Regardless of the year or manufacturer, Heli-Expo booths that really seem to turn heads typically involve the unveiling of new helicopter designs or variants. This year, the new kid on the block was the SKYe SH09 single-engine turbine from Marenco Swisshelicopter. The SH09 will feature a carbon fiber airframe from Switzerland’s OCP, avionics from Sagem and Honeywell’s HTS900 engine.
According to Commercial Director Mathias Senes, the company launched development of the helicopter in 2009. “We’re targeting that the aircraft will be ready within five years, so we’re looking at 2015, 2016. That will integrate the certification,” he says, adding that Swiss aviation authorities, EASA and FAA will be involved in the approvals process.
“We’ve gone from a clean sheet of paper, and this is not a facelift aircraft,” Senes continues. “It’s not a redesign of a 1970s aircraft. Not that it’s bad to have a 1970s aircraft—that brings a lot of benefits but it limits your development. … At the end of the day, we did not have those restrictions.”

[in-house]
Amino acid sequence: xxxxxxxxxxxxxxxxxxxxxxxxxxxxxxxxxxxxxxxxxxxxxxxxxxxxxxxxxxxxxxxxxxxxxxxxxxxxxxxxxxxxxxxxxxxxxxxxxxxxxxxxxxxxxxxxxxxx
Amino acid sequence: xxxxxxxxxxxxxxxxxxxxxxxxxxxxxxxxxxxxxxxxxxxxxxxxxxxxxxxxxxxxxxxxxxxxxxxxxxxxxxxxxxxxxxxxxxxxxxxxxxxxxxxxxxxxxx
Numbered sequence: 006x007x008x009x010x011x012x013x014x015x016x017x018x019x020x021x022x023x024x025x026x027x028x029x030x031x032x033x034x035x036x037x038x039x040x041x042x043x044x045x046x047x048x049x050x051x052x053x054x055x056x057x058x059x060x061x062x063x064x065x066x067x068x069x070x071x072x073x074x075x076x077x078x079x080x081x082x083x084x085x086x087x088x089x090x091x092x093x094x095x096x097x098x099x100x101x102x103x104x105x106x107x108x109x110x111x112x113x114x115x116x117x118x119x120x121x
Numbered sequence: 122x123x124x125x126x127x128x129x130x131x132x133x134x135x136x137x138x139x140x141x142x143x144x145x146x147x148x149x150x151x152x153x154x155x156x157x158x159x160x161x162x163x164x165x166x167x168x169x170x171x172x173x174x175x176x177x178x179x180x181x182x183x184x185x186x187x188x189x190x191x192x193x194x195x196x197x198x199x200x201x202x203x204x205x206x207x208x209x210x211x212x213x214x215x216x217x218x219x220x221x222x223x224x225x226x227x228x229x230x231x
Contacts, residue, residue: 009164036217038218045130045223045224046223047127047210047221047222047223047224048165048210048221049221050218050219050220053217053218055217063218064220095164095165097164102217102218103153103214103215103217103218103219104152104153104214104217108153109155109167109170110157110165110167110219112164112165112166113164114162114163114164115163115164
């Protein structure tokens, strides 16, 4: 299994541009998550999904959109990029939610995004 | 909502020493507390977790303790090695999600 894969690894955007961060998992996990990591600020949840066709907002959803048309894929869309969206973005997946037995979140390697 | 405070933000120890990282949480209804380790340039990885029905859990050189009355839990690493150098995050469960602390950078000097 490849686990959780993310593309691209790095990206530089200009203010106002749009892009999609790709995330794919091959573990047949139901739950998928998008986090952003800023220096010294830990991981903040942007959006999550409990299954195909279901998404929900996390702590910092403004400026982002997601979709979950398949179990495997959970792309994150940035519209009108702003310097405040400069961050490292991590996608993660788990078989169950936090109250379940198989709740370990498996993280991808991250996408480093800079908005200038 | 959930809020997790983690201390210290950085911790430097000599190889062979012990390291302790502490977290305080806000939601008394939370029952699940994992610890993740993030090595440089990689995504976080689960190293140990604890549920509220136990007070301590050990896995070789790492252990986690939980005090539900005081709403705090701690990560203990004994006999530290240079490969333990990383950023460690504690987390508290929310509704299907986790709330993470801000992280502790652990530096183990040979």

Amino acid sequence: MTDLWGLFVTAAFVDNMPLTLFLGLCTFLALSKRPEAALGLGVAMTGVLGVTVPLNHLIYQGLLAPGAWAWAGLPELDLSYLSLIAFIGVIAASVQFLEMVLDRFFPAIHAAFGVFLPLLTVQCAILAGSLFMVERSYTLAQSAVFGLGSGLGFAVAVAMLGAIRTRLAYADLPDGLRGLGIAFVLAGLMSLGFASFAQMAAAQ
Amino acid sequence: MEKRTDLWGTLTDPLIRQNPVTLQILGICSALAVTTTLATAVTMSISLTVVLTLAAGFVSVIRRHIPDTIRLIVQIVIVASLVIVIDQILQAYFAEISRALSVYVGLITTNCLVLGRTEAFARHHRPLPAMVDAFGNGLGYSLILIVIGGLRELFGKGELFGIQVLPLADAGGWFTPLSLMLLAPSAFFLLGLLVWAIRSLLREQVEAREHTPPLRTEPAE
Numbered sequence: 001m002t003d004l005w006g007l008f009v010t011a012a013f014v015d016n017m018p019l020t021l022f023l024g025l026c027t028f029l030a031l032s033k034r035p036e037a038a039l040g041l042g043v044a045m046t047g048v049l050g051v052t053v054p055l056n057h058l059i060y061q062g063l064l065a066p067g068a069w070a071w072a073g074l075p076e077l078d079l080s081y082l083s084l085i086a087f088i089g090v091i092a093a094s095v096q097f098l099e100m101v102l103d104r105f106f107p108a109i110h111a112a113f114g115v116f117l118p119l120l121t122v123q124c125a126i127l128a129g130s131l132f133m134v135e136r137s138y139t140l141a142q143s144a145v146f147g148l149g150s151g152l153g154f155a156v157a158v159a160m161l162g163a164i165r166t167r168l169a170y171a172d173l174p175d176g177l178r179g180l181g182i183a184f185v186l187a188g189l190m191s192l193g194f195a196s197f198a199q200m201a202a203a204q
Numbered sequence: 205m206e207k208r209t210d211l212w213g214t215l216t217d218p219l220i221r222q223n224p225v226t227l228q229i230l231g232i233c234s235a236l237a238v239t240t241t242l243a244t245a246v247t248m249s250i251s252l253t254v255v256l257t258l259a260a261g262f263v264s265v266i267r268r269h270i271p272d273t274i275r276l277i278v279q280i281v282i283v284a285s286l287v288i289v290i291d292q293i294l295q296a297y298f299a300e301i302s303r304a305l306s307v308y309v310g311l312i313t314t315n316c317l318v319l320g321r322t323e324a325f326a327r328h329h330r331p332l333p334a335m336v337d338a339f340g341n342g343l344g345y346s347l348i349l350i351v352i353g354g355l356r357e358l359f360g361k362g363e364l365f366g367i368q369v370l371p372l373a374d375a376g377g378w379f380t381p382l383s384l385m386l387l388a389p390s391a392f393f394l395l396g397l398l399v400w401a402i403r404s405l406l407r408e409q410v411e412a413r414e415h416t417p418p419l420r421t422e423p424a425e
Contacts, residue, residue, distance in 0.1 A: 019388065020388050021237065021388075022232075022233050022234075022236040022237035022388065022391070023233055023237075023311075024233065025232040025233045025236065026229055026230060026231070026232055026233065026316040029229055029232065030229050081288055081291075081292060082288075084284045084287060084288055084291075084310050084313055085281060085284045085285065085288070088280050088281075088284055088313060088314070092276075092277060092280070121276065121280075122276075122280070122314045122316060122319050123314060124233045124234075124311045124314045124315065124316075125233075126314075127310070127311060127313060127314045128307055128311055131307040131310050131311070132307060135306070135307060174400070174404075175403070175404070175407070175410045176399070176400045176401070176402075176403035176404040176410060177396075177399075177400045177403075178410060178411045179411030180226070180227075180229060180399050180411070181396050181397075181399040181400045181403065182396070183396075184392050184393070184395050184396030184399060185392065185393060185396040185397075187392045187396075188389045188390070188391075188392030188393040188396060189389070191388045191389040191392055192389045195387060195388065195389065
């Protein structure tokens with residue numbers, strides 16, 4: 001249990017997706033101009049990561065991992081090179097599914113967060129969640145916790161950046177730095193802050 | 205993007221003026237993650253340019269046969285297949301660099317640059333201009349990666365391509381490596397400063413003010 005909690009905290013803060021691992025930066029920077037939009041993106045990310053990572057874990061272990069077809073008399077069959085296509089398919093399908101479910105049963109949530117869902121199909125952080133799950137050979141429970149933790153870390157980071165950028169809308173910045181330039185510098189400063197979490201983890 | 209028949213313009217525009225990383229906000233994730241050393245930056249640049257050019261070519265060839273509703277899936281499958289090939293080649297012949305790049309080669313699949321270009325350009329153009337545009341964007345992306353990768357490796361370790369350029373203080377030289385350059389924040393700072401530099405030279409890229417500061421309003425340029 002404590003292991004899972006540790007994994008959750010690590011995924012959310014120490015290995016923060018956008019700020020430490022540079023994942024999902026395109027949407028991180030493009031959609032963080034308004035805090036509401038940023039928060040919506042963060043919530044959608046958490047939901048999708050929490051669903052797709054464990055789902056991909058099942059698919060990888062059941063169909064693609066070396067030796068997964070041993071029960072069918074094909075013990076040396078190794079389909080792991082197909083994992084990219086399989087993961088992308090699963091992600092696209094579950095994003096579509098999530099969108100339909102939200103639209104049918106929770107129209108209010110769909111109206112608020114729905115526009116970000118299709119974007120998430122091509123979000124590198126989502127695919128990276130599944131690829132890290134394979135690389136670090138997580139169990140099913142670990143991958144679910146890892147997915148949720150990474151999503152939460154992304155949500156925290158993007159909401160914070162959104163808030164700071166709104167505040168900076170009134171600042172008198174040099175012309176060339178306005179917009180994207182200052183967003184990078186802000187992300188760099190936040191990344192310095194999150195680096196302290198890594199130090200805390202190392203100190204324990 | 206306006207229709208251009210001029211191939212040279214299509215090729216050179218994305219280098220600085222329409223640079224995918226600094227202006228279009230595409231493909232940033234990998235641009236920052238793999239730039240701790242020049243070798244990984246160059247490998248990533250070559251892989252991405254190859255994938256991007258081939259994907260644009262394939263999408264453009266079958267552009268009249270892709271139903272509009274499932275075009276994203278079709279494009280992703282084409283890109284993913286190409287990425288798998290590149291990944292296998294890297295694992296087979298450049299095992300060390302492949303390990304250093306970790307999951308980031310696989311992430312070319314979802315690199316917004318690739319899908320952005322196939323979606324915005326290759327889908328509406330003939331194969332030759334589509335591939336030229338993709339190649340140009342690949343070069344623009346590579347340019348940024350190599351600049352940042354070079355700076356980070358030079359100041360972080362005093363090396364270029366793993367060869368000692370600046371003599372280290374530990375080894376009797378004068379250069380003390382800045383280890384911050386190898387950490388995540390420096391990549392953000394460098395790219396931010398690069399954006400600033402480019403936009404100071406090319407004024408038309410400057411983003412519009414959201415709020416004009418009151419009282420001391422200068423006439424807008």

Senes notes that the Honeywell HTS900 “will help us with prototyping and the first flight, but we are aware that the market in five years’ time will be expecting that we offer the dual choice of engines, so we’re also talking to large engine suppliers like Pratt & Whitney—which has a very good response from the market—or Turbomeca.”
Photo by Andrew Parker
Describing the SKYe SH09 as a “vertical takeoff platform,” Senes says that the helicopter is intended for numerous markets, including EMS, firefighting, electronic news gathering, surveillance, tourism “and passenger transport, whether in high-density or VIP. Utility is really a target—firefighting, as I said, is a really strong market for the sake of turbine.”
Senes described a “fantastic reception” to the helicopter during the show, “not only from end users, but also from the operators and a very surprising and positive industrial support—where strong industrial players have come and opened their mind to us, and their possible ambition to cooperate with us.” That response also translated to a letter of intent from a private operator based in Germany.